There is a lot of prayer that occurs on the campuses of our colleges and universities, during the high holy days of exam weeks, but of course, that is different. When I got to seminary, there were lots of opportunities to begin classes with prayer.
The Gift of Prayer
It was during those days in college, as I tried to find a sense of balance, that a mentor introduced me to the concept of journaling prayer. She shared with me a book that had been published posthumously by the writer’s son. It was a book of prayers, letters that his mother had written to God.
I have never successfully journaled or kept up with a diary, but this appealed to me. All I remember of the original book was that the prayers were in the form of letters to God, so that is what I do. I have developed my own pattern, that I will share with you, but there are no real rules that I know about.
I use ordinary, inexpensive (read cheap) composition notebooks. I write my name on the outside cover with the words “Confidential Prayer Journal” and the start date. When I finish that book, I add the end date and grab a new journal. Because I have been doing this a long time I do try to buy Composition books with different colored covers, just for variety.
Now and then some helpful person gifts me with a more formal journal and I say thank you and use it, but the Composition books stack more easily. I generally keep the most recent journals, in my office, the rest are stacked on a shelf in my clothes closet.
I have always felt that I can say anything in these journals and that is very freeing. Since it is prayer, and not a diary, I try to do the following:
Every new prayer begins with the date written out, no numbers and slashes. The next line always says, “Dear God” because that is how I generally address God.
I believe that it is prayer, and that God reads as I write, or hears. I do not know how God does what God does during prayer. I am just responsible for my part. Even though I feel that I can say anything, including question, complain, express doubt, anger and frustration, because it is God I am speaking to, I keep all that respectful.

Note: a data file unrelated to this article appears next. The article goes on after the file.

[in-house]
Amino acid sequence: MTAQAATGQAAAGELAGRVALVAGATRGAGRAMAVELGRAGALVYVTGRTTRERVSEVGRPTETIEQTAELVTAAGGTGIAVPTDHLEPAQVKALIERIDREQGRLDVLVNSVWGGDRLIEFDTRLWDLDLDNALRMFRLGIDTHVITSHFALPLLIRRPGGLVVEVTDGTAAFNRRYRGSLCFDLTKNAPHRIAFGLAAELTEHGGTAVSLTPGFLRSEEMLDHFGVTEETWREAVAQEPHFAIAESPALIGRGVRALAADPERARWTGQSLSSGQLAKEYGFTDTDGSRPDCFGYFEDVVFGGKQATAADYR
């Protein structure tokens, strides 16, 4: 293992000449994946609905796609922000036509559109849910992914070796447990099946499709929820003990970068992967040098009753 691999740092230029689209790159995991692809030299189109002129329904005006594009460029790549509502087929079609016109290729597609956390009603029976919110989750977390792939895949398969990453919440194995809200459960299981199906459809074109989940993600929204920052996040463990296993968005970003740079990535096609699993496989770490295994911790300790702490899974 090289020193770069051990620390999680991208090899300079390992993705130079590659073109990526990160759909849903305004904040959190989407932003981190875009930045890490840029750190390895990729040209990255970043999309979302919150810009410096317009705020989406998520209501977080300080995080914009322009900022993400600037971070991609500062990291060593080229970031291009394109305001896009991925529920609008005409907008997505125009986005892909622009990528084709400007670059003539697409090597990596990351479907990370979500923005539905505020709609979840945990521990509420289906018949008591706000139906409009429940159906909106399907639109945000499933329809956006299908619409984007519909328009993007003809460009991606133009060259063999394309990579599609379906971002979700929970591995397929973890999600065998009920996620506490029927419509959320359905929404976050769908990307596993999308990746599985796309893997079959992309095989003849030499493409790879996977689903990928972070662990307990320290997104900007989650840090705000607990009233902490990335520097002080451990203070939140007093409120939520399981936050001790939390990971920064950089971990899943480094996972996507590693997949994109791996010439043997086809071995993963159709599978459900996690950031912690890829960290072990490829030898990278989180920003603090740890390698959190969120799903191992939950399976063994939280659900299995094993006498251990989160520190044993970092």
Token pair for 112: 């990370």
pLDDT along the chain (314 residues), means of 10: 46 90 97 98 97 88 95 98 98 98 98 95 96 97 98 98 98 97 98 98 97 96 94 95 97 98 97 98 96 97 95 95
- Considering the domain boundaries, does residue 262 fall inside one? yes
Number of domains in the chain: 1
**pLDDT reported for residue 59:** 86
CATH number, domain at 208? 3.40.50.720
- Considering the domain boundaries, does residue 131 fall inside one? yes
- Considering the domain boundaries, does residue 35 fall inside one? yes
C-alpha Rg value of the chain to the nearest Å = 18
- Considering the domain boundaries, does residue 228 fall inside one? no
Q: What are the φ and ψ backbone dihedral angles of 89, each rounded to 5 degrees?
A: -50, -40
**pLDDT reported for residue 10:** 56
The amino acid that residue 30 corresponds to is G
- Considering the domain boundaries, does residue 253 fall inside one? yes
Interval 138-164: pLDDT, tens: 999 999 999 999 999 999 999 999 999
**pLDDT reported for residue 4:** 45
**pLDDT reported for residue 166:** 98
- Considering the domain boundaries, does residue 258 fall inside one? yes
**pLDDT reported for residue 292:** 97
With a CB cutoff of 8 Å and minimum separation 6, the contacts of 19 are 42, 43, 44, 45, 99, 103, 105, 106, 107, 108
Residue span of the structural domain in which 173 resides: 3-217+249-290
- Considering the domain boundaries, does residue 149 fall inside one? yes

I do not abbreviate or use acronyms. Does God know what all that means? Of course, but I am writing a letter, a prayer, not a memorandum or a shopping list. I try to begin with thanksgiving and I try to be specific. Every day when I pray, among other things, I thank God for the family and friends who nurture and enrich my life.
If I have to interrupt my prayer, I say, or, write, “excuse me.” and return as soon as I can. When I first started writing my prayers, because they were in the form of letters, I always signed them, Love, Michele. Eventually I stopped doing that, because, well, God knows it is me. But there is something comforting about the form and format of a letter and it seemed…thoughtful and personable.
While this is not the only way I pray, it does make up the majority of my prayer time. I am not very good about praying in the same time and place every day, so there are times that I add the time to the date. For instance, if I have let my day get away from me and don’t sit down to pray until 11:35 p.m. I write that in.
While this form of prayer will not work for everyone, if you are feeling stuck in a rut in your prayer life, it might be helpful. There are other things I do to keep my prayer life fresh, but this has become a meaningful practice for me.
If prayer is a regular and important part of your life, how has the form of that prayer changed over time? Do you have favorite ways to pray?
Remember, nothing is written in stone, except The Ten Commandments!
Not holding back the tide,
Copyright 2020 Michele Somerville, The Beach Girl Chronicles and https://msomervillesite.WordPress.com